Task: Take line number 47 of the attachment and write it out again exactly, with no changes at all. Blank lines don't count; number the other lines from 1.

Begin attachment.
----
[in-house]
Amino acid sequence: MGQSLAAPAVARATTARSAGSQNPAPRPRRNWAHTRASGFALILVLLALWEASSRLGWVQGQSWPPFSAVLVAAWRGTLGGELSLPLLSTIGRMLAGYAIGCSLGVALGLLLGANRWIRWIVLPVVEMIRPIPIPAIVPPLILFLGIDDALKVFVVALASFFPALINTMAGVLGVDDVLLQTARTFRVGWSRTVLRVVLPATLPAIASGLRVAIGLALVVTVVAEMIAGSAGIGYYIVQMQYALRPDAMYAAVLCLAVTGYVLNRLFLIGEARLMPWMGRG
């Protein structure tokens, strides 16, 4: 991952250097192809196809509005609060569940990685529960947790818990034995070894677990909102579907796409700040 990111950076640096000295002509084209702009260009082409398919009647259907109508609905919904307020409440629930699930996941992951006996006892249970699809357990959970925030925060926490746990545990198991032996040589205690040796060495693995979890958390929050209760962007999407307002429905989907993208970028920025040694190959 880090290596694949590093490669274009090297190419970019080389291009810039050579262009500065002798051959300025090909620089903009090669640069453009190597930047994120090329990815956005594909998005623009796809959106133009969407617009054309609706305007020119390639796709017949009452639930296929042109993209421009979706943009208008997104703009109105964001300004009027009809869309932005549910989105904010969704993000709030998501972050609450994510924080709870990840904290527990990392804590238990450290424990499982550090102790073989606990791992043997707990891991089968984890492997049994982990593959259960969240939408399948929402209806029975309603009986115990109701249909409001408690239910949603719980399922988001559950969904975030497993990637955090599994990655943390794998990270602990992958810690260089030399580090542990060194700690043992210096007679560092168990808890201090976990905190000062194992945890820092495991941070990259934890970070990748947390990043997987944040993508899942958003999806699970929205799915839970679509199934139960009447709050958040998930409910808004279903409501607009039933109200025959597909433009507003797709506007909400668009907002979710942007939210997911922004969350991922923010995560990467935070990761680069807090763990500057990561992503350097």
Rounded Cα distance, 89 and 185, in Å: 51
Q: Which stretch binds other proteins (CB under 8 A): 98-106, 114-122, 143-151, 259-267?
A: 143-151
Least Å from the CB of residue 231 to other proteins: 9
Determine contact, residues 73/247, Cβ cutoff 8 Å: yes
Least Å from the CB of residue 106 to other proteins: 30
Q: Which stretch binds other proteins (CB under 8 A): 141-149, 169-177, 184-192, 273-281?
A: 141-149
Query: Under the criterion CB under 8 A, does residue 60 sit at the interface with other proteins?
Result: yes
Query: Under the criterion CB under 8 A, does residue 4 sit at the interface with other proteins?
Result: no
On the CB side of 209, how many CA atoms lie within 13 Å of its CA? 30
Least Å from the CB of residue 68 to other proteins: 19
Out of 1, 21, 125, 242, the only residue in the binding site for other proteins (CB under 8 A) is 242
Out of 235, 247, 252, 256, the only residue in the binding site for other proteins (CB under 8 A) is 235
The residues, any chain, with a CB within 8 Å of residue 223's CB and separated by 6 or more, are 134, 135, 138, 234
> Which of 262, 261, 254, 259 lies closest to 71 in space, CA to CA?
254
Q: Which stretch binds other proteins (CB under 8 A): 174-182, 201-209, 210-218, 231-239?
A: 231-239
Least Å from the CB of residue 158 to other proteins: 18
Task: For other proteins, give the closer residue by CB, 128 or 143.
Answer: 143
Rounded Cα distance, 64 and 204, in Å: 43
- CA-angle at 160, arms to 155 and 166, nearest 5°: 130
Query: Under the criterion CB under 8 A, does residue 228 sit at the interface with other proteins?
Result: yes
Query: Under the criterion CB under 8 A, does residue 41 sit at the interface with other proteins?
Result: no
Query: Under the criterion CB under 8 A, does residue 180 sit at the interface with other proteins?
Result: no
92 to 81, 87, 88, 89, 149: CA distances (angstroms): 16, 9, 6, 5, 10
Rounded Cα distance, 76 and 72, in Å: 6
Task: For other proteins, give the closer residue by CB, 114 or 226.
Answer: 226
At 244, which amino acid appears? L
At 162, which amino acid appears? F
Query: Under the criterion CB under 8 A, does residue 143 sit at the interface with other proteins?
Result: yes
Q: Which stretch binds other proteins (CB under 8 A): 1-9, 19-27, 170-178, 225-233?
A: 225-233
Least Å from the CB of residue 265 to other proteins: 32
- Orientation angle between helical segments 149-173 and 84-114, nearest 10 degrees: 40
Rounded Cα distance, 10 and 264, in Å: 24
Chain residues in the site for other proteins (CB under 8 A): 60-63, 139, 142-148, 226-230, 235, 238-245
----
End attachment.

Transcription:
- Orientation angle between helical segments 149-173 and 84-114, nearest 10 degrees: 40